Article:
Facebook still plans to reinstate the sharing of people’s phone numbers and addresses, but hasn’t decided when or how to do it.
So says the company’s formal response to the co-chairs of the U.S. Congressional Privacy Caucus’ 11 queries about oversharing user information on the social network.
Facebook’s Vice President of Global Public Policy Marne Levine wrote a seven-page letter dated February 23, showing that it’s not a matter of whether but when and how the company will resume sharing addresses and phone numbers with third-party developers:
We have not yet decided when or in what manner we will re-deploy the permission for mobile numbers and addresses. As noted above, we are evaluating whether and how we can increase the visibility of applications’ requests for permission to access user contact information. We are also considering whether additional user education would be helpful.
Kindly add us to the list of people who need education about the need to share our contact information with third-party developers. However, we feel hopeful about some of the things that Facebook included in its response to Congressmen Edward J. Markey and Joe Barton: The company will allow site members to opt-out of having information shared — we wonder whether the social network will make the opt-out option as prominent as it ought to be.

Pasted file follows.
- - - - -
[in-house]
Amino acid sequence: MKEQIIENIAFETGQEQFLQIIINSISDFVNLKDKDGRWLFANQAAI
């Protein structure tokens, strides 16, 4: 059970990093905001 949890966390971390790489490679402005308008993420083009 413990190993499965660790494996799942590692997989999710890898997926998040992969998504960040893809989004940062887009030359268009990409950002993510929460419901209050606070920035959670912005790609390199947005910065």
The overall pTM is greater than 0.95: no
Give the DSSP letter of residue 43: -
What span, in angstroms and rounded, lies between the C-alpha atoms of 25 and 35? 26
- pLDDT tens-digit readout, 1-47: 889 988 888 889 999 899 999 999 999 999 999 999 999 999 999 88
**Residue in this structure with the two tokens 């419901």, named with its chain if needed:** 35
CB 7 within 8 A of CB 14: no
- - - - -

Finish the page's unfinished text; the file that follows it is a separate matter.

We can only hope that Facebook can come through on the statement about how it’s “currently considering enhancements to the permission screen that would highlight for users when they are being asked for permission to share their contact information.” Levine said that the company can’t share further details about this right now — so how long will it take for any of that information to become public?
What do you think about Facebook’s latest response to the co-chairs of the U.S. Congressional Privacy Caucus?